About Torn meniscus
This information is intended for general information only and should not be considered as medical advice on the part of Health-Tourism.com. Any decision on medical treatments, after-care or recovery should be done solely upon proper consultation and advice of a qualified physician.
What is Torn Meniscus?
The meniscus is a piece of cartilage in the knee that
cushions and stabilizes the joint. It protects the bones from wear and tear. A
sudden twist of the knee can tear the meniscus. In some cases, a piece of the
shredded cartilage breaks loose and catches in the knee joint, causing it to
How is Torn meniscus performed?
Before this surgery there are two therapeutic options
depending on the type of rupture. If the broken meniscus piece is small, it can
be removed, which is called a partial meniscectomy or a broken suture if it is
not possible to remove the piece.
Both interventions can be performed without the need for
open surgery. The intervention is carried out through two 4-millimeter
mini-incisions through laparoscopic surgery tools. The camera allows the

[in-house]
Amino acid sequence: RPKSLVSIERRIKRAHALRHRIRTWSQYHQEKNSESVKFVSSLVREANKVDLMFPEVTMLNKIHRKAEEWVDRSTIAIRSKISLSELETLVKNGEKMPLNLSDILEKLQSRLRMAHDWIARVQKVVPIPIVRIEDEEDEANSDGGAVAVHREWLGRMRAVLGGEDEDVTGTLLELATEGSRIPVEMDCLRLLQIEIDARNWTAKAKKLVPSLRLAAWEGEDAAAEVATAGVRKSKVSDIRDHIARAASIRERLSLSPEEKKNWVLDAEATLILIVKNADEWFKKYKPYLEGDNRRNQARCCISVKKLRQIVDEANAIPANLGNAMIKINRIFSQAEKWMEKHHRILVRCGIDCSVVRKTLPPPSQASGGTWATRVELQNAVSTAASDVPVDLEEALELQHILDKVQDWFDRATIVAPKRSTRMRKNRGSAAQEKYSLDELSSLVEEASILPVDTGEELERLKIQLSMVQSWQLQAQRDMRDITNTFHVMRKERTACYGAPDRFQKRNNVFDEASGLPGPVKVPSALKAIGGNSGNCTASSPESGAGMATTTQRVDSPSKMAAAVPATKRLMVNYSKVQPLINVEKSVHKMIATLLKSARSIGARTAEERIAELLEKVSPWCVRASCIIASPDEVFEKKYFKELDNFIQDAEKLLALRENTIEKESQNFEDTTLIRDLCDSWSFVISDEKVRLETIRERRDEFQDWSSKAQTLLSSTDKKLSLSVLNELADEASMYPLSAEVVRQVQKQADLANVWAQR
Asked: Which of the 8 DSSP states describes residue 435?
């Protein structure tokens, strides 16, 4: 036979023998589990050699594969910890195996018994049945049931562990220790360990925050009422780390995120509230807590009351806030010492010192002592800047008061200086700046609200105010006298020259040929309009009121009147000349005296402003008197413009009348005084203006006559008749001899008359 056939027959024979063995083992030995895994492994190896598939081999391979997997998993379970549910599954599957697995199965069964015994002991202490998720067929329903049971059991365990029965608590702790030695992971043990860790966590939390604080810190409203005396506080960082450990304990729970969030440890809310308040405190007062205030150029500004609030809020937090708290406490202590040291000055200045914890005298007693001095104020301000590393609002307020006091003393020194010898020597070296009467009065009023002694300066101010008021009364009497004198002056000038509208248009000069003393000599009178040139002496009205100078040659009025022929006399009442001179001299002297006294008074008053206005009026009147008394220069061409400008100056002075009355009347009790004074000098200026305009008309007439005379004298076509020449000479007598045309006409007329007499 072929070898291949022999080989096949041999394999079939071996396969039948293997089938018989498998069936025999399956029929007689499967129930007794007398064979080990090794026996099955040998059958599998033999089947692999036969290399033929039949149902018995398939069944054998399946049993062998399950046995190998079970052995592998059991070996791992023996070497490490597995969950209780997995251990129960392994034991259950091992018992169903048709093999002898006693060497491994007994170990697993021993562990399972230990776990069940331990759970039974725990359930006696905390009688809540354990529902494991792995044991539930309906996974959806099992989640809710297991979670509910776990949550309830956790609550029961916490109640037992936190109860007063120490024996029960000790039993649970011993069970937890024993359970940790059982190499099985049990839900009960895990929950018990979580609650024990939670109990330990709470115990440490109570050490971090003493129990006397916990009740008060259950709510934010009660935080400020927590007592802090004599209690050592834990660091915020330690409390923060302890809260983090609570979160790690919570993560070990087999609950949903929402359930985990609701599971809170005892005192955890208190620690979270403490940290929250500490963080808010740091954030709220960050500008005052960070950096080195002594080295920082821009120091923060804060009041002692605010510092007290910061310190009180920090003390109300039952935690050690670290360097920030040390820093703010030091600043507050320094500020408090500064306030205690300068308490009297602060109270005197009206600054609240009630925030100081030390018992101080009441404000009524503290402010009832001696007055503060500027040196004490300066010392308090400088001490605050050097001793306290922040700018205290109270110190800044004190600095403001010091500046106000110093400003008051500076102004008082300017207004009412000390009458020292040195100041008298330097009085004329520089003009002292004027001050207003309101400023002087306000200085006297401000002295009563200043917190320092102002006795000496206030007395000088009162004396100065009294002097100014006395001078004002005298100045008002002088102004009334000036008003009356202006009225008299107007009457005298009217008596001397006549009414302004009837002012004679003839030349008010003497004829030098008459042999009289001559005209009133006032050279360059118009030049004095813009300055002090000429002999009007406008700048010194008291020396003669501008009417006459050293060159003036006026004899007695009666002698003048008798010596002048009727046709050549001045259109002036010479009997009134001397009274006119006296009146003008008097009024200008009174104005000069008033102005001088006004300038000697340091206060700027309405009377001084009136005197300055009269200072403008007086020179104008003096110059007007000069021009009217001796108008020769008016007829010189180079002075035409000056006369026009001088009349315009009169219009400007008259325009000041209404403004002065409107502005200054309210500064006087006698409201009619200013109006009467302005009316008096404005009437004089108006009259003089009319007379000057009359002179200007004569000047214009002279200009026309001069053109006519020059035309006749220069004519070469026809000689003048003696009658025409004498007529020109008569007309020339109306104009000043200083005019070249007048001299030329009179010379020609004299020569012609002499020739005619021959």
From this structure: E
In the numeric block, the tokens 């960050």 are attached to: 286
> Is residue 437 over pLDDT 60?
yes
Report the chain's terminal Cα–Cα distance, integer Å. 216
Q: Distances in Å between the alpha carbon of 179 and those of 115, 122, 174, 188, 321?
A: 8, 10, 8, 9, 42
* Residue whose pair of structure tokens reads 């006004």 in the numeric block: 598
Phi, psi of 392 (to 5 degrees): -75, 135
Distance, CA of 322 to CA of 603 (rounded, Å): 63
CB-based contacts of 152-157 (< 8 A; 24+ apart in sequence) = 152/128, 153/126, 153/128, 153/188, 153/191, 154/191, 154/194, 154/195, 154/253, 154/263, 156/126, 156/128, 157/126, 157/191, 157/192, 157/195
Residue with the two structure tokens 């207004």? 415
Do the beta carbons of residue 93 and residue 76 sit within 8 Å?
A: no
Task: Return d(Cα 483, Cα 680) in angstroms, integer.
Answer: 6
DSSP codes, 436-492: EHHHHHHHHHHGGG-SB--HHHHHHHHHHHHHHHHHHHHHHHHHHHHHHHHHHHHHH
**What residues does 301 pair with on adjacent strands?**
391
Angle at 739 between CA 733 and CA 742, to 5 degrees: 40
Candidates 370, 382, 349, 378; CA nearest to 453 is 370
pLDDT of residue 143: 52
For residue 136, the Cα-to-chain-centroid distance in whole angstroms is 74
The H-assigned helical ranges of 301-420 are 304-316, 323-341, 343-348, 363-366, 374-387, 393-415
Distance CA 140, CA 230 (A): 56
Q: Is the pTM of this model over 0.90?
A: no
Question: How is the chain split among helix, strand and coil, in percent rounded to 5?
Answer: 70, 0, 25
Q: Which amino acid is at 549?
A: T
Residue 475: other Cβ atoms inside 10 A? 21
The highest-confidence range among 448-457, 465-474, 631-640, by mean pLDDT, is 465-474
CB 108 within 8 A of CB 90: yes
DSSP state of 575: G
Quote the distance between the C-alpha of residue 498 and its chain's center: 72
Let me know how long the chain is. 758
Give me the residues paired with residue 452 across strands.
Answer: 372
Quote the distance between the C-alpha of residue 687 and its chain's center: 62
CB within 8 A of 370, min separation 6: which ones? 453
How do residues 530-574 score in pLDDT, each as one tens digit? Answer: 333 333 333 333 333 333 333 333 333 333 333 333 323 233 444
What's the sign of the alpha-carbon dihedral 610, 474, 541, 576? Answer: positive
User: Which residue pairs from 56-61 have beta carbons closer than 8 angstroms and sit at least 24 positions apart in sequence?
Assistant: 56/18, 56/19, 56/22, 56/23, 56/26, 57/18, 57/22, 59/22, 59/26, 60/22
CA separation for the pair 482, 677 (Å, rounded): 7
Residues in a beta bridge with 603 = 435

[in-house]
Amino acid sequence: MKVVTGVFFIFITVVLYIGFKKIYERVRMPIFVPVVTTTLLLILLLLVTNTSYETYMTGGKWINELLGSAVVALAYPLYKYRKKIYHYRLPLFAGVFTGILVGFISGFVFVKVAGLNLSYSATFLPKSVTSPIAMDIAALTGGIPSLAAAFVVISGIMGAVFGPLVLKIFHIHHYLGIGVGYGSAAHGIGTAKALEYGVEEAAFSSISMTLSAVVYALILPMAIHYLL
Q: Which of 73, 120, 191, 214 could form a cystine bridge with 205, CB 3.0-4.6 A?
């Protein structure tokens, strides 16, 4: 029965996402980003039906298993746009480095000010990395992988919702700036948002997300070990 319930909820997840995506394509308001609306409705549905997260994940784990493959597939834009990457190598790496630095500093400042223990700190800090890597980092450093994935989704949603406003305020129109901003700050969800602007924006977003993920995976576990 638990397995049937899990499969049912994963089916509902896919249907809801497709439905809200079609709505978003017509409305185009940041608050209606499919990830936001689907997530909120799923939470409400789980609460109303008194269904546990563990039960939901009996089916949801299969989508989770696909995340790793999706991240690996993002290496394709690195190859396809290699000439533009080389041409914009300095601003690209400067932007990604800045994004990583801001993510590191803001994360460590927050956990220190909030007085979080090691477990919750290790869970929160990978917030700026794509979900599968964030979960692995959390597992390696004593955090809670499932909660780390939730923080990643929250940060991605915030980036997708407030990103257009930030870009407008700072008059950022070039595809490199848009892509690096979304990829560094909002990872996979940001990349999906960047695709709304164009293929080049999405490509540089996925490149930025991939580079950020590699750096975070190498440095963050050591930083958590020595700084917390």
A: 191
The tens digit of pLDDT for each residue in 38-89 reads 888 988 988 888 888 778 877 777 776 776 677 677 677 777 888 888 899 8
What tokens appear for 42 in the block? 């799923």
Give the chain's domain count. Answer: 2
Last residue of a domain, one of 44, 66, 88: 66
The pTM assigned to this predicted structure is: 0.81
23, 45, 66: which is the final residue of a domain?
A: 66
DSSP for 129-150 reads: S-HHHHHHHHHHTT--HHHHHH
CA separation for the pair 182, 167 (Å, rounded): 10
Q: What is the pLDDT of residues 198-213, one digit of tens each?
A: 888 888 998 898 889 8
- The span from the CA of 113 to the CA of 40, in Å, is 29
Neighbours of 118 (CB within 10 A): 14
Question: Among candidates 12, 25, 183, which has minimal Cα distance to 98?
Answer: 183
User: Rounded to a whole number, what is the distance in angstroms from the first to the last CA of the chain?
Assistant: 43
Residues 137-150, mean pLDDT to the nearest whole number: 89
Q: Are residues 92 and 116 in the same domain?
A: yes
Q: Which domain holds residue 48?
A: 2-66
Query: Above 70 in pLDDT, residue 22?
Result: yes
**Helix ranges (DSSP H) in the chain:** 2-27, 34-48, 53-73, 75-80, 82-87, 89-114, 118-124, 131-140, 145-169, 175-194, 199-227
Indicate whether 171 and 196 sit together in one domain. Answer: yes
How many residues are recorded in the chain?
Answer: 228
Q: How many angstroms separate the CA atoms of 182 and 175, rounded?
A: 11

surgeon to see the lesion through an incision. The instruments are inserted
through the other incision to reduce the lesion. The surgeon can either remove
the broken part of the meniscus that causes discomfort (menisectomy) or, if the
tear is larger, both sections of the meniscus are sewn. The risks are low
because it is a laparoscopic surgery in which the incisions are small. This
surgery has a percentage of good results greater than 90%.
Author: Dr. Alberto Zafra, Trauma surgeon
September 2019 at 07:40 UTC
Last Updated: 12 January 2021 at 07:08 UTC
Duration of procedure/surgery : 45 minutes
Days admitted : In case of meniscectomy the patient in 3 weeks may be living a normal life. In case of meniscal suture the patient can return to normal life in four weeks.
Days of Stay in the Country: 1 week
Anesthesia : General anesthesia
Recovery : This surgery can be performed on an outpatient basis or with one day of admission.